Because of the small effective sample size (N = 5 mice per condition, 1 mouse per culture), we used a rank transformed non-parametric analysis of variance to assess the effect of nPM on the proportion of neurons in different stages of differentiation. This outcome was dichotomized by cell stage, comparing the proportion of fully differentiated cells in Stage 3 with the proportion in Stage 0, in Stage 0 and 1 combined (excluding Stage 2), and in Stages 0–2 combined. The proportion of pyramidal and non-pyramidal cells was also assessed for each exposure condition. Statistical tests were based on two sided hypotheses at 0.05 level of significance. These analyses used the Statistical Analysis System Version 9.2 (SAS Institute). Data are presented as median ± IQR.
Prenatal nPM Exposure
Following 10-week exposure to re-aerosolized nPM, pregnant mice appeared healthy and well groomed, without respiratory distress. Maternal body weight, litter size, and birth weight were normal. As 8 mo. old adults, the prenatal nPM had normal body and brain weights and no gross organ abnormalities at necropsy.
Neurite Development in vitro
Prenatal nPM exposure did not alter the numbers of neurons from cerebral cortex of neonatal mice after 1 day of culture (Fig. 1A).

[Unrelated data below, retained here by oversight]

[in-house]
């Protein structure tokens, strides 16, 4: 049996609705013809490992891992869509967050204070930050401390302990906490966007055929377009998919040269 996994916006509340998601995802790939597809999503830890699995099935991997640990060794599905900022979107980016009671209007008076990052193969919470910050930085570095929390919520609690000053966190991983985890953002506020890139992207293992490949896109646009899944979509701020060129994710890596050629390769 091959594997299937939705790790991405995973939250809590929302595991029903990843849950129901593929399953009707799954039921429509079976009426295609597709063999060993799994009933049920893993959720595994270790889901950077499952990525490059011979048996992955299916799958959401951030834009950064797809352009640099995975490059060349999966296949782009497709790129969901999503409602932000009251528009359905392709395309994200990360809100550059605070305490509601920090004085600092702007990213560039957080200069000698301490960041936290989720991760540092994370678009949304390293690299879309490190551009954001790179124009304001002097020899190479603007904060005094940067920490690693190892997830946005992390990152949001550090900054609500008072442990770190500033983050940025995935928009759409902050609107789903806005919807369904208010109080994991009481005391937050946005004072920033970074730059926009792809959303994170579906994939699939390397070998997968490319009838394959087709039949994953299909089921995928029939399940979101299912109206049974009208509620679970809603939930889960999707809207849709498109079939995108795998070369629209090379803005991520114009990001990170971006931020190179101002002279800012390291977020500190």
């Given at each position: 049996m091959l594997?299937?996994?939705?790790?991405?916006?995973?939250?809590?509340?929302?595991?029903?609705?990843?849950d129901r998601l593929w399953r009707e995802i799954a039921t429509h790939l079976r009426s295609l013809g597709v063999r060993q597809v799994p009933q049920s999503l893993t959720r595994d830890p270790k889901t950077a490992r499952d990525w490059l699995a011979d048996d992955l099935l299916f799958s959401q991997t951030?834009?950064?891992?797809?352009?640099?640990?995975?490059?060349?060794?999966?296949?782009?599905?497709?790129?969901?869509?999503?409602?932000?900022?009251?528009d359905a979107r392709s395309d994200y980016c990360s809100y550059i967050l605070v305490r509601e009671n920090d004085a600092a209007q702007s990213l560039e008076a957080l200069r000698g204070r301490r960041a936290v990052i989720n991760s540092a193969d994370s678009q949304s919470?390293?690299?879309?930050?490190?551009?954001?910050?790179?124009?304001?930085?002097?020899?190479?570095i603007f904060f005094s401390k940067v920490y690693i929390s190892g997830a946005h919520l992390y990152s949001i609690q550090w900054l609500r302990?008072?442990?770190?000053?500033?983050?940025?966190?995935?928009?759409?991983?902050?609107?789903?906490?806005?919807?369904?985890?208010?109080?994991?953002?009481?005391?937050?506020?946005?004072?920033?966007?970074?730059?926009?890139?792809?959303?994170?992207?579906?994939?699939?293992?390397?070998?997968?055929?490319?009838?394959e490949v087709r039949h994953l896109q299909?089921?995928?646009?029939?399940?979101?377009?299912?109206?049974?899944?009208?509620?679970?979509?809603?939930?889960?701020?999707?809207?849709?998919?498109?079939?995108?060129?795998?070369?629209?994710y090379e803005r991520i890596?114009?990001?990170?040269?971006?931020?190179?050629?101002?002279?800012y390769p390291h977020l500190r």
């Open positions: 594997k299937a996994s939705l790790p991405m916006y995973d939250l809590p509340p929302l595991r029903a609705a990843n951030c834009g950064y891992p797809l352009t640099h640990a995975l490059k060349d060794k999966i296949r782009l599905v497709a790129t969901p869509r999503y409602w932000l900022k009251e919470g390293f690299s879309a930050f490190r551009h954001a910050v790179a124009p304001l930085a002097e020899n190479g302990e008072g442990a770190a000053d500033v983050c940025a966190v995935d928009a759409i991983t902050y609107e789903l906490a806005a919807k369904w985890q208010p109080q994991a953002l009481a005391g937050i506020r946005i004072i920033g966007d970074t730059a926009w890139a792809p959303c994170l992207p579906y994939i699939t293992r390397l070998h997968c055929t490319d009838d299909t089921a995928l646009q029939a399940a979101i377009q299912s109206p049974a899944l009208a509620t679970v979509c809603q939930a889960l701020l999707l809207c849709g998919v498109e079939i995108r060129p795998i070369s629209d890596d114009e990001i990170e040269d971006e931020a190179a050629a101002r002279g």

Cerebral cortex neurons from day 1 pups were grown 24 hours in primary culture. a) Neuronal numbers (median±IQR) did not differ by prenatal nPM inhalation exposure (nPM) vs. filtered room air (CTL). b) Stages of neuron differentiation, green: βIII-tubulin and red: F-actin; scale bar, 10 µm. Prenatal exposure to nPM reduced the proportion of Stage 3 neurons with definitive neurite extension (Stage 3 non-pyramidal & pyramidal, with elongated neurites ≥15 µm)(median±IQR). c) Summary of prenatal nPM effects on neurite elongation: CTL Air, 30% of neurons had neurites ≥15 µm; nPM, 12% of neurons in nPM Air cultures (P<0.0001). N = 5 neuronal cultures/group.
The distribution of cells by stage of differentiation and, among elongated Stage 3 neurons with neurites ≥15 µm, the distribution into pyramidal and nonpyramidal neurons is illustrated in Fig. 1B with data for each exposure condition (prenatal nPM and control with and without exogenous postnatal nPM (2 µg/ml) exposure) in Table 1. There was no interaction between the prenatal nPM and exogenous nPM exposures on the proportion of Stage 3 neurons vs other stages, nor was there an effect of exogenous postnatal nPM on the proportion of Stage 3 neurons (nonparametric ANOVA). However, exposure to prenatal nPM altered the distribution of Stage 3 neurons (Fig. 1C) (P<0.0001). Corresponding to the decrease of Stage 3 neurons, there were 30% more Stage 0 and Stage 1 neurons, defined by the absence of definitive neurites, in the prenatal nPM exposed mice compared with controls (Fig. 1B, Table 1). Growth cones in Stage 3 neurons were 45% larger from prenatal nPM exposure (P≤0.05, not shown).